In my view, the power conferred on the Registrar under r. 23 is an administrative power to be exercised by him on his subjective satisfaction, and when the Registrar after due consideration of a case has recorded the conclusion that interference by him with a particular resolution passed by a society was not called for, it is not open to the party aggrieved to canvass the correctness of that decision before this court in proceedings under Art. 226 of the Constituion. In the present case, the Deputy Registrar before whom the petition for cancelling the resolution had been filed, had duly enquired into the matter and on the basis of such enquiry he came to the conclusion that there were no sufficient grounds to interfere with the resolution passed by the general Body. The Government as the revisional authority have also examined the contentions raised before it in great detail. It is true that the Government have relied on the circumstance that subsequent to the General Body meeting held on 7 41965 a fresh meeting of the General Body had been duly convened after proper notice and circulation of agenda and that at this meeting also a resolution for expulsion of the petitioner had been passed with the requisite majority. In my view, it was perfectly open to the Government to take note of this relevant fact in deciding whether or not any case has been made out for interference by them with the resolution passed by the society.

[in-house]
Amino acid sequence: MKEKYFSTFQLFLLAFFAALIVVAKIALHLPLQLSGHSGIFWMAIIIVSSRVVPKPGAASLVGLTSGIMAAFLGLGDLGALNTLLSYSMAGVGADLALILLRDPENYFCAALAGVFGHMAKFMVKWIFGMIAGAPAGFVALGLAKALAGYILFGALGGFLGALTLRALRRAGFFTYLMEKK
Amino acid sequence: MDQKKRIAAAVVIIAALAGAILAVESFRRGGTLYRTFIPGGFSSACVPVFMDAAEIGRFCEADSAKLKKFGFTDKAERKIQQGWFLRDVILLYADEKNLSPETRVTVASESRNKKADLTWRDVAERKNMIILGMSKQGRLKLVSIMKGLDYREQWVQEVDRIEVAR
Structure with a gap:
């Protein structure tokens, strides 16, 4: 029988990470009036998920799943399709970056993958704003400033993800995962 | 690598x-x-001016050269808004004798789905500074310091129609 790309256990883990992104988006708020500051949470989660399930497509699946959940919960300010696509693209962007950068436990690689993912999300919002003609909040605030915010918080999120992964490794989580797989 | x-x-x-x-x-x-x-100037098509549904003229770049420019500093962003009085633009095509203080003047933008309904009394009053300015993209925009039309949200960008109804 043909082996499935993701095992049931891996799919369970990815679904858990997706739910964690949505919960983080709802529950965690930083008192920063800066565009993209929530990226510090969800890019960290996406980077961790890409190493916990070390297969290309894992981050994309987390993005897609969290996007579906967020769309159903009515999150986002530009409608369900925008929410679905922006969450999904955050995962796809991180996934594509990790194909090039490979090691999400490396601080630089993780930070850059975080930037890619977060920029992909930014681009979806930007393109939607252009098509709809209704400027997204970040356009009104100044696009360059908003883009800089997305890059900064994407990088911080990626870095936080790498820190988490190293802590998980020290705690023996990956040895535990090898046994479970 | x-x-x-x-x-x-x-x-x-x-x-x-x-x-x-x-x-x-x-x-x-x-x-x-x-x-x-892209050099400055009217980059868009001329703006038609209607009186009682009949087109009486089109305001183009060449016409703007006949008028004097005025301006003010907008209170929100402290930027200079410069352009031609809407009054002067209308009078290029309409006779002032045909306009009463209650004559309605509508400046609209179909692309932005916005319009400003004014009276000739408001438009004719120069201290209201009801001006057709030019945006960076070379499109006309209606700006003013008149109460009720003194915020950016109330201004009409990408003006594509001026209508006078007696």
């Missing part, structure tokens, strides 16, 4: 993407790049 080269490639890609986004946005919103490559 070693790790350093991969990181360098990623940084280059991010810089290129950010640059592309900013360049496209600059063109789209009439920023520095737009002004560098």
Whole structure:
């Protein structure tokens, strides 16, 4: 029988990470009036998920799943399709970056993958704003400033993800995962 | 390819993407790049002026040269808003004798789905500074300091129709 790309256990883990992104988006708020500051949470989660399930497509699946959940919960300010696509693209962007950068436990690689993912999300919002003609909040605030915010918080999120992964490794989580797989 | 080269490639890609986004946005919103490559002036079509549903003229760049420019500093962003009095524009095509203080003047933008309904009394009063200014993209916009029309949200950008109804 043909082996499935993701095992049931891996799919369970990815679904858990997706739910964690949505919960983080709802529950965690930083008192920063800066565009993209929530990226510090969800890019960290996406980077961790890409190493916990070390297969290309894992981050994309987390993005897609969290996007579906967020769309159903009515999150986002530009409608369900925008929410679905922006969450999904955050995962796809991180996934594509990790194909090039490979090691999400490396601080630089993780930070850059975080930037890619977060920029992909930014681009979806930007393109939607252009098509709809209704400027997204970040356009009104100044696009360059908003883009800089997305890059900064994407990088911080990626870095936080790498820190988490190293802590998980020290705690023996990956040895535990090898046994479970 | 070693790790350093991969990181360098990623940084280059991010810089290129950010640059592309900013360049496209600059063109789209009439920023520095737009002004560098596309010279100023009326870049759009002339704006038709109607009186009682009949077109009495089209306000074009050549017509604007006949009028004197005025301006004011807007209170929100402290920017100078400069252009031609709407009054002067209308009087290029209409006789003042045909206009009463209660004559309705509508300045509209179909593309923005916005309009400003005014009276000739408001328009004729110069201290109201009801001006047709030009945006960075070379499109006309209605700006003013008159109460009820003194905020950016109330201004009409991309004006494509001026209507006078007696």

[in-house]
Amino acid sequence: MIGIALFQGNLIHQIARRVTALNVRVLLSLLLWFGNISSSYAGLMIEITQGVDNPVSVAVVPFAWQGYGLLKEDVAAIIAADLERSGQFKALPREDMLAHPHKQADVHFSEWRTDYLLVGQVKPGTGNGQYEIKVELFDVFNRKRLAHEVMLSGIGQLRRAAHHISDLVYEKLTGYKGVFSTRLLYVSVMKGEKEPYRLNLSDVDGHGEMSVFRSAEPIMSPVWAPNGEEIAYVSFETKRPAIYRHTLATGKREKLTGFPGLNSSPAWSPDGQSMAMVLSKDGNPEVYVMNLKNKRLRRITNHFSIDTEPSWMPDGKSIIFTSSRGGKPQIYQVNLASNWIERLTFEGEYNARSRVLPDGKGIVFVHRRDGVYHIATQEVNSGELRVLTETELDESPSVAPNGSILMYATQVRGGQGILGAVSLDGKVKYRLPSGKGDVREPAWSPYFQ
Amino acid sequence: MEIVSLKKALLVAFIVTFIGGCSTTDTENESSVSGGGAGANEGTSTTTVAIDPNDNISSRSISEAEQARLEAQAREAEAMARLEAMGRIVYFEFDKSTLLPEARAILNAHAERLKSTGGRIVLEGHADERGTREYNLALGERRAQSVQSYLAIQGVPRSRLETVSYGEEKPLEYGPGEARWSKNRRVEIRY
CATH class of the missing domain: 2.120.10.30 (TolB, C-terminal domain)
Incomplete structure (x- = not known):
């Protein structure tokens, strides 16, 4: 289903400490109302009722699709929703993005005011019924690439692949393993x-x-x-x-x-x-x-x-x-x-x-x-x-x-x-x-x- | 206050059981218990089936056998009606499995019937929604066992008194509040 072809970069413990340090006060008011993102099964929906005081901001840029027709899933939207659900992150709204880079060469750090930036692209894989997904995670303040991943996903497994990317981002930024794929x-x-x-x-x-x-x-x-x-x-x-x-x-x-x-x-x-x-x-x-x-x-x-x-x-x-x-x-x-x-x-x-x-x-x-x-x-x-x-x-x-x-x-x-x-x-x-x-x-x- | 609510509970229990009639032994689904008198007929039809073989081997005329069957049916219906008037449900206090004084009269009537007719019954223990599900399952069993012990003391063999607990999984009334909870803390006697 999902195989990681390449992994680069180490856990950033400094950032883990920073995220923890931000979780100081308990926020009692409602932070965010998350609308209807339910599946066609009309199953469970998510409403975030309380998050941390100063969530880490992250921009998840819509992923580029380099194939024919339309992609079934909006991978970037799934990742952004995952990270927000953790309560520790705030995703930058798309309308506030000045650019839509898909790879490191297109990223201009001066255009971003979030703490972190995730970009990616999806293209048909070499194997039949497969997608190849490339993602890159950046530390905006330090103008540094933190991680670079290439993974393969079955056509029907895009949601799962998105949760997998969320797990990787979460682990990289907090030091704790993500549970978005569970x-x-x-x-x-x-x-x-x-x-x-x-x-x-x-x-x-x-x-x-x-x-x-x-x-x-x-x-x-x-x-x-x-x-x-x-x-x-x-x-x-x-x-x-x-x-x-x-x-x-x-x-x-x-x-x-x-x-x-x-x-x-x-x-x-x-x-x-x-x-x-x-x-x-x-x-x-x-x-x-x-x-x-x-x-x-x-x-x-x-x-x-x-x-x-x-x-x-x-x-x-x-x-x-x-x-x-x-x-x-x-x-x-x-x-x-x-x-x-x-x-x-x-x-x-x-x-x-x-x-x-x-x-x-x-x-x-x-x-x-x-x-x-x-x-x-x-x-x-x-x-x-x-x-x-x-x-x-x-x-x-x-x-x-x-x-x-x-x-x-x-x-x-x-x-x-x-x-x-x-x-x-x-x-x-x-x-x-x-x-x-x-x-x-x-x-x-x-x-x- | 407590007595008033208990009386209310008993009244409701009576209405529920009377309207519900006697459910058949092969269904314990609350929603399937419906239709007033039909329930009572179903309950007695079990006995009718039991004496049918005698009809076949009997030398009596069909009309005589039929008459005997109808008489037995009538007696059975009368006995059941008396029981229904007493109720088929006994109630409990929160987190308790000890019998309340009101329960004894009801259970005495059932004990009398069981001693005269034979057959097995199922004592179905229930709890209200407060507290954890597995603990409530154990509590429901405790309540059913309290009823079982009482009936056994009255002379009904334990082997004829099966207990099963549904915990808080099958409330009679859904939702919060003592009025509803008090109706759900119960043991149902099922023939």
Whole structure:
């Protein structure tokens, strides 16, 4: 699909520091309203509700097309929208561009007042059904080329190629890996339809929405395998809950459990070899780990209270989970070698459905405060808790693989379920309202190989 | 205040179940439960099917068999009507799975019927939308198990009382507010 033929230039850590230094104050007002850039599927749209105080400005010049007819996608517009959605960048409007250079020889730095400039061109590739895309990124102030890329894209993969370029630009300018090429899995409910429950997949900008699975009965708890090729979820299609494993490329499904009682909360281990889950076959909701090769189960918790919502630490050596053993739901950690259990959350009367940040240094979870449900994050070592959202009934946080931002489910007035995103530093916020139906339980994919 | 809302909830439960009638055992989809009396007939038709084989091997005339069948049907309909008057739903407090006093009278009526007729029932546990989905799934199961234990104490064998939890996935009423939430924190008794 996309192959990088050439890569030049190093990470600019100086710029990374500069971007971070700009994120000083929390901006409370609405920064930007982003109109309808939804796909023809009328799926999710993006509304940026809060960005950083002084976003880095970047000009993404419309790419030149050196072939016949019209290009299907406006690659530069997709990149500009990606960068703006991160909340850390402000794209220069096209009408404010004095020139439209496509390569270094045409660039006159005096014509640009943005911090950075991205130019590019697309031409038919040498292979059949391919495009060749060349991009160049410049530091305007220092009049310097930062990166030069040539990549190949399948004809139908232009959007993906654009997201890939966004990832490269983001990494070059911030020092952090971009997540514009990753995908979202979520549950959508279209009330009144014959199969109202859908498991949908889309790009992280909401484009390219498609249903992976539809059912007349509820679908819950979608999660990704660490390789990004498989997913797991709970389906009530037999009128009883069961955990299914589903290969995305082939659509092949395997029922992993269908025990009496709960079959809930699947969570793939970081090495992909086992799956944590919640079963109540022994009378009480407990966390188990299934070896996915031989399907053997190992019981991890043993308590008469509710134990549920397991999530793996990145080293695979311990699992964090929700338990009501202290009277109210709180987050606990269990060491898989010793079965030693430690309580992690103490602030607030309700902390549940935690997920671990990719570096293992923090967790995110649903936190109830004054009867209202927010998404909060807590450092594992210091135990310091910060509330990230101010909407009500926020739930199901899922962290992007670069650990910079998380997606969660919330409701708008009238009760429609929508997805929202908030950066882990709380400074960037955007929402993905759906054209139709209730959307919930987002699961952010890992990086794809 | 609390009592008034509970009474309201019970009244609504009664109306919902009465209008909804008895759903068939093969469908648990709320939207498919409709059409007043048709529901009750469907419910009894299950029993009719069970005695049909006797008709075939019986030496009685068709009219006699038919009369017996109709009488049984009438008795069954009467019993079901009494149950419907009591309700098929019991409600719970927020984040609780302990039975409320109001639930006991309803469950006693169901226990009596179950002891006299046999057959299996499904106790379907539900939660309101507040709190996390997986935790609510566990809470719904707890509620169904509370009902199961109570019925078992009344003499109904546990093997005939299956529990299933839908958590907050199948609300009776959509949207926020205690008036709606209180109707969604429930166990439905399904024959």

(3.) I am unable to see how any concept of natural justice can be legitimately invoked in respect of the General Body meeting of the co-operative Society, because by no stretch of imagination can it be said to involve an adjudication of any civil rights of the petitioner.
No case has been made out by the petitioner for interference by this court under Art. 226 of the Constitution and the writ petition is accordingly dismissed.;